News Desk |
Pakistan People’s Party (PPP) chairman, Bilawal Bhutto Zardari has claimed that PPP is the only party that can take Pakistan out of international isolation. In an attempt to motivate the party workers, he termed PPP as the only alternative available that has the capability to make Pakistan progressive.
The PPP chairman was trying to persuade the participants to get ready for the election campaign across the country.
Bilawal was speaking at the dinner hosted at Bilawal House, which included the legislators from federal and provincial assemblies, local party leaders and workers. Some of the notables present at the venue included Senator Sherry Rehman, Maula Bux Chandio, PP Women Wing President Faryal Talpur, Aseefa Bhutto Zardari, President PPP Sindh Nisar Ahmed Khuhro, Chief Minister Murad Ali Shah, Speaker Agha Siraj Durrani, and other senior party leaders.
Read more: Zardari’s call for PPP’s return to power
Bilawal discussed the efforts of his party and glorified the achievements of the Sindh Government in the current tenure. He believed his party accomplished a lot, which is yet to be publicized across the country to exemplify the development of Sindh to persuade the voters to vote for PPP.
PPP’s young leader believed that the party was instrumental in improving the health facilities, revolutionizing the education system and constructed the road networks which accelerated the communication level.
Following the trend of opposition bashing in previous gatherings, Bilawal criticized Nawaz and Imran and loathed them for their respective deficiencies.
PTI came under severe backlash after reportedly releasing additional Rs. 277 million for Sami-ul Haq’s seminary, which has been a breeding ground for terrorists.
Bilawal was of the view that people are more concerned with increasing unemployment, poverty levels, and security situation rather than the rhetoric of “Mujhe Kyun Nikala”.
The PPP co-chairman attacked PTI chairman Imran Khan over his Taliban apologist allies. He blamed PTI for diverting the education funding to Maulana Sami-ul Haq’s seminary Darul Uloom Haqqania.
PTI came under severe backlash after reportedly releasing additional Rs. 277 million for Sami-ul Haq’s seminary, which has been a breeding ground for terrorists. Since of its notable alumni include those who are the main accused in the murder of former Prime Minister Benazir Bhutto, which is the reason that justifies PPP fierce criticism of the move.
Will Bilawal turn it around for PPP?
Discrediting political foes is easy. Convincing voters where one commands loyalty is very easy, but urging the potential or switch voters based on performance needs a practical implementation of party policies.
Using advertising campaigns to woo voters can work, but word of mouth, positive media coverage and encouraging economic data from the region plays a crucial role. Unfortunately for PPP, it seems to lacks on all fronts.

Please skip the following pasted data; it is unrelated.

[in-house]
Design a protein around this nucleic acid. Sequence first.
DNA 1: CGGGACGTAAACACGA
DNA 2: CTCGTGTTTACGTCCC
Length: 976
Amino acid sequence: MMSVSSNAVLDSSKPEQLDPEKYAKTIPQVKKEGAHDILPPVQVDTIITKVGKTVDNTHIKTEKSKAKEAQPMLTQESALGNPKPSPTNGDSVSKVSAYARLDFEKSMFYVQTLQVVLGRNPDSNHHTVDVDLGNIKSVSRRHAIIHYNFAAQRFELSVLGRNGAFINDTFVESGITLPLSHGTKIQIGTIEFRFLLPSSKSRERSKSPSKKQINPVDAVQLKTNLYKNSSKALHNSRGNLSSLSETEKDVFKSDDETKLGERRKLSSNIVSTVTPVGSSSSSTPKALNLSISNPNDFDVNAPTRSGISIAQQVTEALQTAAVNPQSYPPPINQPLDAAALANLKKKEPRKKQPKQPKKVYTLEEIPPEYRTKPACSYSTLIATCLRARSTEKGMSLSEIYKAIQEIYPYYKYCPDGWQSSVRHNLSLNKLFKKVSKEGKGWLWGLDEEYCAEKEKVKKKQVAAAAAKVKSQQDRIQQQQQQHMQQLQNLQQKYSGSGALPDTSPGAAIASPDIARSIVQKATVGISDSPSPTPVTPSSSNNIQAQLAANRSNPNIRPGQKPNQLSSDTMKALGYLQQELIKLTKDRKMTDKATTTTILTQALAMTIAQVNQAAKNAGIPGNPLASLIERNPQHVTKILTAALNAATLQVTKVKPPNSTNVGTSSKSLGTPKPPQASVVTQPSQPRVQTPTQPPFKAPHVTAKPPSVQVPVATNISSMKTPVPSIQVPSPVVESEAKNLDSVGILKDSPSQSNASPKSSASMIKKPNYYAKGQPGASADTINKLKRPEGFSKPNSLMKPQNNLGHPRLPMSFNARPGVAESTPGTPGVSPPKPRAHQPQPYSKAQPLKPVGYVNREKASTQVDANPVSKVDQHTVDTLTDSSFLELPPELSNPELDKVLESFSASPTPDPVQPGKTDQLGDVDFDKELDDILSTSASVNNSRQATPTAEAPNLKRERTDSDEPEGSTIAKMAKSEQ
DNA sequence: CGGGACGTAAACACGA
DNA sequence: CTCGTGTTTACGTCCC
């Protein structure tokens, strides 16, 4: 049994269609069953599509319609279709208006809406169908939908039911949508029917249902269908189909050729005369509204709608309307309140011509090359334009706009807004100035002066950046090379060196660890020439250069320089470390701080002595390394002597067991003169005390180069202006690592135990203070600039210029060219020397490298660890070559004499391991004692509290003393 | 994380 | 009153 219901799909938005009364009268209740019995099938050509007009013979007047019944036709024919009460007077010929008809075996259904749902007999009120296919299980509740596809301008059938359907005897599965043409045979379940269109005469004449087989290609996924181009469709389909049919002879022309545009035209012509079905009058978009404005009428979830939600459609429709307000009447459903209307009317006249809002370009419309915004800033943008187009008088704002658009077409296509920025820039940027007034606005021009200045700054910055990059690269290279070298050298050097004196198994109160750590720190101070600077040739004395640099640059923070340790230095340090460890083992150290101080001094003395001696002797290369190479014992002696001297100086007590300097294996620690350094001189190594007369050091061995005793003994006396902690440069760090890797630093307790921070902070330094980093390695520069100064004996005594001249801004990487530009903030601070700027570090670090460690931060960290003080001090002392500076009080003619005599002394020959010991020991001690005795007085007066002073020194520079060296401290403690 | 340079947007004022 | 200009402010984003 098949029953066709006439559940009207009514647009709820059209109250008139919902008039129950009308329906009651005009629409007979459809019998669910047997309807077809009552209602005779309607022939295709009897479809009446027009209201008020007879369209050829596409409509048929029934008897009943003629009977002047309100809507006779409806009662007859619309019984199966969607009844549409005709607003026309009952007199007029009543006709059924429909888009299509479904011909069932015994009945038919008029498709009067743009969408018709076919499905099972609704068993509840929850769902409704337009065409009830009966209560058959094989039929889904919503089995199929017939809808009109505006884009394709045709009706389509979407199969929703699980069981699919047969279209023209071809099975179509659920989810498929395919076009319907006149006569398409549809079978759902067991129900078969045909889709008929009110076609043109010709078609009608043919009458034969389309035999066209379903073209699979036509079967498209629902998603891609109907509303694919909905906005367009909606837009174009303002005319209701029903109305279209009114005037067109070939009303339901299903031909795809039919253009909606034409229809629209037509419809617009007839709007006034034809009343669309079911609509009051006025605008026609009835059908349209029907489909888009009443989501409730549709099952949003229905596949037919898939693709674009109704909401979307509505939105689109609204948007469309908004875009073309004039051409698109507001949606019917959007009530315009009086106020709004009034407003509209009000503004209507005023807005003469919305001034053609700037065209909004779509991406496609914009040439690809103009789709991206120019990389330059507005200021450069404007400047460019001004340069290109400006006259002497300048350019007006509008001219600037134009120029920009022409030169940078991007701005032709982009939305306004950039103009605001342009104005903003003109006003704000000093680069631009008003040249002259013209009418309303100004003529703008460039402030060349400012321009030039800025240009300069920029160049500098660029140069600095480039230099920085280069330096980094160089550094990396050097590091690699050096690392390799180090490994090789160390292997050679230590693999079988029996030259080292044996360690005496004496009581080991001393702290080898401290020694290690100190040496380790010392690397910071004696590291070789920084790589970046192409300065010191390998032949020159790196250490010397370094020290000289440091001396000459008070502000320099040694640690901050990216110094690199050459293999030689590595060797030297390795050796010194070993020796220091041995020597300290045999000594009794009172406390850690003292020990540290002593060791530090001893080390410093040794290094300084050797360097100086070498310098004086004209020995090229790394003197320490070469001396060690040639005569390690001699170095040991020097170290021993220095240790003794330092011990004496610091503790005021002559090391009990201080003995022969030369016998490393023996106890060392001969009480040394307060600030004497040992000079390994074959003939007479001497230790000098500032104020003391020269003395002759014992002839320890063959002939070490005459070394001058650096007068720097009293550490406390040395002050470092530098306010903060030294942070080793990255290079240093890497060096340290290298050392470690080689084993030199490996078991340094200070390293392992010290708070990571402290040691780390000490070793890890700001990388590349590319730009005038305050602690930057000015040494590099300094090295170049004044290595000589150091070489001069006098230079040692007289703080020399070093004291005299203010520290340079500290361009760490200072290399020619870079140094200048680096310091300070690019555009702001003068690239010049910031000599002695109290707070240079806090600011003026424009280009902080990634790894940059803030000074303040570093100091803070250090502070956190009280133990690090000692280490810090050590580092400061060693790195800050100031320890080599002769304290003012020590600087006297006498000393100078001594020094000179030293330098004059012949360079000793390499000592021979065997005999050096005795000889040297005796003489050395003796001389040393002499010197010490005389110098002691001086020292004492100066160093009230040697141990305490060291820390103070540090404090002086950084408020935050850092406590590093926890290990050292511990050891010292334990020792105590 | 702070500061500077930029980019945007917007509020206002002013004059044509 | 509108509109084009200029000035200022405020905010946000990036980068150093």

Recent by-polls across Punjab show that PPP is non-existent in most of Punjab. Even in urban centers like Lahore, it was a distant 4th finishing 1,414 voters behind Tehreek Labbaik Ya Rasool Allah who secured 7,130 votes to finish at number three in NA-120 by-elections.
Read more: PPP and PML-N unite once again?
If PPP is to penetrate into Punjab, it would require a gigantic effort and an extraordinary turnaround, otherwise electoral damage in Zardari era seems irreparable and despite Bilawal’s political maturity looks too big a task.
Moreover, PPP as an opposition party presented a confused narrative where it didn’t challenge Nawaz completely and gave him breathing space whenever PML-N was challenged. This fact was apparent in the recent institutional confrontation where its senior leadership seemed disoriented and opted for a more balanced and guarded approach.
Bilawal Bhutto appears to have all the traits of a leader, which were on display in Davos, recently. But, as long as he will take dictation from Asif Ali Zardari, it seems, he won’t make much progress because Zardari as a brand lost its value a long time ago.
PPP remains the only liberal party that has a manifesto and policies that can potentially transform the image of the country and can put it on a more progressive and prosperous track if it eliminates corrupt elements in its ranks.
It remains the only party which is not Taliban apologetic and has no links with religious fundamentalists, unlike many mainstream parties. PPP has desired policies but actions and implementation elude it.
Ground realities are different. The past does not favor Bilawal’s statement because governance and economic conditions were worse when PML-N took over in 2013, which even prompted the party’s own legislative members before and after 2013 to abandon the party for other potential winners.
PPP under Zardari failed to make an economically stronger and egalitarian Pakistan. Bilawal talks about eliminating inequality in income distribution between rich and poor. But PPP was neither able to decrease the growing disparity between rich and poor nor did the middle class grow in its last rule. On its current and past performance in Sindh and at the federal level, talks of defeating world powers united to isolate Pakistan looks a dream too far for Bilawal.